research published in Diabetologia (the journal of the European Association for
the Study of Diabetes [EASD]) suggests that lifestyle advice for people with
diabetes should be no different from that for the general public, although
those with diabetes may benefit more from that same advice. The research is by
Dr Diewertje Sluik, Department of Epidemiology, German Institute of Human
Nutrition Potsdam-Rehbruecke, Nuthetal, Germany, and colleagues.
In this new
study, the researchers investigated whether the associations between lifestyle
factors and mortality risk differ between individuals with and without
European Prospective Investigation into Cancer and Nutrition (EPIC), a cohort
was formed of 6 384 persons with diabetes and 258 911 EPIC participants without
known diabetes. Computer modelling was used to explore the relationship (in
both those with and without diabetes) of mortality with the following risk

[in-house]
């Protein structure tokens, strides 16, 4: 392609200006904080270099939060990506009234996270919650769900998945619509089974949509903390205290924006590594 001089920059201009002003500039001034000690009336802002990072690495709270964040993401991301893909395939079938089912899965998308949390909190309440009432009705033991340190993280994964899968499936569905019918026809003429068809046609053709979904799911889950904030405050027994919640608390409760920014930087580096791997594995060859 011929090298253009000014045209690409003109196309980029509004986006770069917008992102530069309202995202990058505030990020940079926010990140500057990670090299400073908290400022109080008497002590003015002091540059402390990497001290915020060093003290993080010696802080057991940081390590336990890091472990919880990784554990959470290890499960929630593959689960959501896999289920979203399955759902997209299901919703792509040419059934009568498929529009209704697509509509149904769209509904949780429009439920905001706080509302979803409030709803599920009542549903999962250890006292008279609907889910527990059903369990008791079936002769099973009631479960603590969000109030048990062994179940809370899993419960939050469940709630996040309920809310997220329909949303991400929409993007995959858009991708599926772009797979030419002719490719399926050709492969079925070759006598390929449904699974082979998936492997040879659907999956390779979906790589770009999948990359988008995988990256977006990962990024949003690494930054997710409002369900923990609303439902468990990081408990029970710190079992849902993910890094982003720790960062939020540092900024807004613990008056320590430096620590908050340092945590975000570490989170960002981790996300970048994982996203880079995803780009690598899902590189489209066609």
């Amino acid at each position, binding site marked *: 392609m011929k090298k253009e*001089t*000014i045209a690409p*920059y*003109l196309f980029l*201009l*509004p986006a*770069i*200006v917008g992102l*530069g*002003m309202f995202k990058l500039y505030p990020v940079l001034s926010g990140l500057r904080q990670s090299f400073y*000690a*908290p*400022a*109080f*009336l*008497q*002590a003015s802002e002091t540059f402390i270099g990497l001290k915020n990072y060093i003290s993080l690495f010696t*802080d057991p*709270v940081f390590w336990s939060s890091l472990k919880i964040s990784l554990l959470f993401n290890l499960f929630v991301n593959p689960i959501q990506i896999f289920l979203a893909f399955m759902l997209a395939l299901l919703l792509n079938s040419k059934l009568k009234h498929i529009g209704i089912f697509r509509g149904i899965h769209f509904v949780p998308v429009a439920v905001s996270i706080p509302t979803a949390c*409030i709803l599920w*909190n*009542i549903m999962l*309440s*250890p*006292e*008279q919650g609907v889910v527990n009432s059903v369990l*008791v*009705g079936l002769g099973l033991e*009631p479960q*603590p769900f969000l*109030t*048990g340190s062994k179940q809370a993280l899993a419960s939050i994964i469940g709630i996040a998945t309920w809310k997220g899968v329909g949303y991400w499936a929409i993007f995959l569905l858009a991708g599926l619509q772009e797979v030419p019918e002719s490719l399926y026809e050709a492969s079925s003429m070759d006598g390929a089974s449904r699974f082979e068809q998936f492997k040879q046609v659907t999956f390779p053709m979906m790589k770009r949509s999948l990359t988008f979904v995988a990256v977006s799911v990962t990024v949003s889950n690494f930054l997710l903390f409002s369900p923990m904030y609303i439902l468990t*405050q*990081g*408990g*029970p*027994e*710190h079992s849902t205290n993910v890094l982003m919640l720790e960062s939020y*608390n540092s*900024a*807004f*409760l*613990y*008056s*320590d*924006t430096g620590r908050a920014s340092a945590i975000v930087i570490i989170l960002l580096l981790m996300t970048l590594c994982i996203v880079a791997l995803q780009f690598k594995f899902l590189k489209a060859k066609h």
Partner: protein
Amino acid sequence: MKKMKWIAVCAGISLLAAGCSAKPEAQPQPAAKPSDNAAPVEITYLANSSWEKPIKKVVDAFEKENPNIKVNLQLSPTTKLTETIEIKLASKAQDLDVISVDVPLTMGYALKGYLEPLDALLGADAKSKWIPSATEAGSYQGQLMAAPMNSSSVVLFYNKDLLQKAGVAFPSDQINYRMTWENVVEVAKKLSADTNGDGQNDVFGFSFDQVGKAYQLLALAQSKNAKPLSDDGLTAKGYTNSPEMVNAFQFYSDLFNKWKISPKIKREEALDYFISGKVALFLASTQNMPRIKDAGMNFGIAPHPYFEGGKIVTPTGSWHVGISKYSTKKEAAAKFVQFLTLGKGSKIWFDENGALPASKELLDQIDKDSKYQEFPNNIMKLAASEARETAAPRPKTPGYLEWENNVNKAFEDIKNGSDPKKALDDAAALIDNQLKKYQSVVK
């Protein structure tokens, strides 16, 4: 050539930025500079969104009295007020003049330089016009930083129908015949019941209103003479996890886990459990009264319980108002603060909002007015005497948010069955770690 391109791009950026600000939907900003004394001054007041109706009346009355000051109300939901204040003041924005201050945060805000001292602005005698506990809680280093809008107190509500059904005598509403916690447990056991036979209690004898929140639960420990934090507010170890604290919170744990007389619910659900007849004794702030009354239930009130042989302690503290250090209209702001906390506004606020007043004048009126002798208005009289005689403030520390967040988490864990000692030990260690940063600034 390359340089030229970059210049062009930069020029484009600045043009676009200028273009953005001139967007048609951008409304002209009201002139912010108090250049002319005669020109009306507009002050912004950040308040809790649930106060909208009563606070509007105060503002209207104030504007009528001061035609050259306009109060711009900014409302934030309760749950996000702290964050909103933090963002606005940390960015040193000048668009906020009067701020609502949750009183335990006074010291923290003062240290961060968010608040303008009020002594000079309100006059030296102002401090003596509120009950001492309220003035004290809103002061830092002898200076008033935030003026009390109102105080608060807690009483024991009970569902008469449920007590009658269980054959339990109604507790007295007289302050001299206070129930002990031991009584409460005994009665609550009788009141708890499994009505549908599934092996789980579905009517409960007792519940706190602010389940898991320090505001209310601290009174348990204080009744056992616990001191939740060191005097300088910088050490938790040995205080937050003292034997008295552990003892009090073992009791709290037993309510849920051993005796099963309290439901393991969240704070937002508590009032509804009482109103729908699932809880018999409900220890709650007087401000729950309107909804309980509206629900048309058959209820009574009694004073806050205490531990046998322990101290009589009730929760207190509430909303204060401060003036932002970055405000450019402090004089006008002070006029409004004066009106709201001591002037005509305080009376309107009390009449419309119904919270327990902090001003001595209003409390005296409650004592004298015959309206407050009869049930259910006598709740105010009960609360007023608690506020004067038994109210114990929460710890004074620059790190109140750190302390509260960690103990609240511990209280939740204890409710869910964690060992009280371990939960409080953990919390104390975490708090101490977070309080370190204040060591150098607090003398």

factors: body-mass index, waist/height ratio, 26 food groups, alcohol
consumption, leisure-time physical activity, smoking.
Healthy diet good for all
the researchers found that overall mortality was 62% higher in people with
diabetes compared with those without. Intake of fruit, vegetables, nuts, seeds,
pasta, poultry and vegetable oil was related to a lower mortality risk, and
intake of butter and margarine was related to an increased mortality risk.
While the strength of the association was different in those with diabetes
versus those without, the associations were in the same direction in each case.
No differences between people with and without diabetes were detected for the
other lifestyle factors including adiposity, alcohol consumption, physical
activity, and smoking.
say: "It appears that the intake of some food groups is more beneficial
(fruits, legumes, nuts, seeds, pasta, poultry, vegetable oil) or more
detrimental (soft drinks, butter, margarine, cake, cookies) with respect to
mortality risk in people with diabetes. This may indicate that individuals with
diabetes may benefit more from a healthy diet than people without diabetes.
However, since the directions of association were generally the same,
recommendations for a healthy diet should be similar for people with or without